In Anthony, the district court realized that a petitioner who files a mixed petition should be given an opportunity to amend the petition before dismissal. "Because the court's dismissal 'did not afford petitioner such an opportunity,' construing the [later-filed] petition as an amendment-as opposed to new (and time-barred) petition-was, in the court's view, the appropriate remedy." 236 F.3d at 573. The Ninth Circuit affirmed the district court's decision:
[W]e agree with the district court that its outright dismissal of Anthony's [original] petition was improper. This court has made clear that district courts must provide habeas litigants with the opportunity to amend their mixed petitions by striking unexhausted claims as an alternative to suffering dismissal.
Id. at 574. The correctness of this ruling was later confirmed in Rhines v. Weber: if a petitioner presents a district court with a mixed petition and the court determines that stay and abeyance is inappropriate, the court should allow the petitioner to delete the unexhausted claims and to proceed with the exhausted claims if dismissal of the entire petition would unreasonably impair the petitioner's right to obtain federal relief. 544 U.S. 269, 278 (2005) (citing Rose, 455 U.S. at 520).
Rasberry cites Anthony and confirms that, under the circumstances presented there, it remains good law. 448 F.3d at 1155 ("[I]n Anthony, the district court exercised its equitable power to accept the new petition nunc pro tunc to the date of the original habeas filing-the district court had mistakenly dismissed the first petition, so it corrected the mistake by relating the second petition back to the first.") Rasberry itself deals with a different situation, where the original petition was wholly unexhausted and the amended petition presented new claims.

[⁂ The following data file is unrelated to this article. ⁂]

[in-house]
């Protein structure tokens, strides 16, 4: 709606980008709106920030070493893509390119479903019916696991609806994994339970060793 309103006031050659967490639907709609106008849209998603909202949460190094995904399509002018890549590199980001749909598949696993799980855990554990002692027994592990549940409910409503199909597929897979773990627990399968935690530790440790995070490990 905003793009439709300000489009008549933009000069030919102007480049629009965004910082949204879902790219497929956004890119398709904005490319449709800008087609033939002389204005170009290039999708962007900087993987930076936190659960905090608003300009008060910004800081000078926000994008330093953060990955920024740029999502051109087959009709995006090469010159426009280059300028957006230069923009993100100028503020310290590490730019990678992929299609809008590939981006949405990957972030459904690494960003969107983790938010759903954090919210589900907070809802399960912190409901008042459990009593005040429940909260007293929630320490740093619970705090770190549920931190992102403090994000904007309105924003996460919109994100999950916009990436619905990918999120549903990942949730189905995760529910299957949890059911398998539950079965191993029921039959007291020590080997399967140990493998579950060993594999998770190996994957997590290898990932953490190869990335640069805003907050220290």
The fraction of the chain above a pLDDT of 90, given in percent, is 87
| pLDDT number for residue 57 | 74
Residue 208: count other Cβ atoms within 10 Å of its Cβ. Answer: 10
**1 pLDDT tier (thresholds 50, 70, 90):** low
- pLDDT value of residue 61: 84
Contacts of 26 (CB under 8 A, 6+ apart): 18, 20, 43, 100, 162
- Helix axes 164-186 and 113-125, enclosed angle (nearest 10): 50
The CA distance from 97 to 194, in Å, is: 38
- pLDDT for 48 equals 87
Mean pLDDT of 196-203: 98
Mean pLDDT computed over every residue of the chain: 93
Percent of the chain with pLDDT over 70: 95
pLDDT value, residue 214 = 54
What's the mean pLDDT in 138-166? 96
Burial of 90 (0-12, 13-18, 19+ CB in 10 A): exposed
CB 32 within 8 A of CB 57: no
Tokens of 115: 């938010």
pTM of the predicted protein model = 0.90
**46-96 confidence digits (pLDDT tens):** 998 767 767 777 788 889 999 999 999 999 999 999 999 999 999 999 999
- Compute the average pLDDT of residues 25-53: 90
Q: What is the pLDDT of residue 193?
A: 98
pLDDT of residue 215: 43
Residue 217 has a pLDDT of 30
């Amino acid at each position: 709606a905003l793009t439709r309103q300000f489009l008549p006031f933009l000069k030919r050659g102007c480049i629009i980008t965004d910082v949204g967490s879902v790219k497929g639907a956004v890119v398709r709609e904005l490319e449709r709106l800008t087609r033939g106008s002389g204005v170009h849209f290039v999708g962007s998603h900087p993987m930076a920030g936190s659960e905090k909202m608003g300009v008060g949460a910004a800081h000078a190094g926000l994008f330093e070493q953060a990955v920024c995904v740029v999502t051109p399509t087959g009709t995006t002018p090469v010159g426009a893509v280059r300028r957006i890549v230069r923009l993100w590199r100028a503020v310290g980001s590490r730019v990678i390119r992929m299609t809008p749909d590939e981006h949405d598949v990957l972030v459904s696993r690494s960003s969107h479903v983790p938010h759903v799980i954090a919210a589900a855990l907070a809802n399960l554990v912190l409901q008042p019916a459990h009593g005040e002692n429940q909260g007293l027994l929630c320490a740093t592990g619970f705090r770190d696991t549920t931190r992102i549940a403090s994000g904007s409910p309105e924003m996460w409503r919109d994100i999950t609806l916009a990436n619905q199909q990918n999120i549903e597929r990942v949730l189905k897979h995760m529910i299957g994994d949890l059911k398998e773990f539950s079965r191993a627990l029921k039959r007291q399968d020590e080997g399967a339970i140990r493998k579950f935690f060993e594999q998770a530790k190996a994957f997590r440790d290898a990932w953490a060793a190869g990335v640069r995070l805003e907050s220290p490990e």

In this case, after Garcia filed his original petition and was told it appeared to be mixed, he asked for stay and abeyance, and Respondent asked for dismissal outright. Neither party suggested an order requiring amendment on pain of dismissal, but in view of Anthony's holding the Court is now convinced that was the required course. In short, rather than dismissing the petition outright, the Court should have ordered Garcia to amend his complaint to delete the unexhausted claims, or face dismissal. Only if he then failed or refused to amend should his original petition have been dismissed.
In order to correct its error, see Rasberry, 448 F.3d at 1155 (noting court's equitable power to correct its own mistakes, and confirming Anthony permits this), the Court therefore reconsiders its order of August 26, 2009. That order is modified so that instead of dismissing the petition it requires Garcia to amend his petition or face dismissal. There is no reason to revisit the Court's orders extending time to file the amended petition. Because Garcia filed his amended petition within the time permitted, the amended petition relates back to the original petition.
The objections are therefore OVERRULED, the R&R is ADOPTED, and Respondent's motion to dismiss ...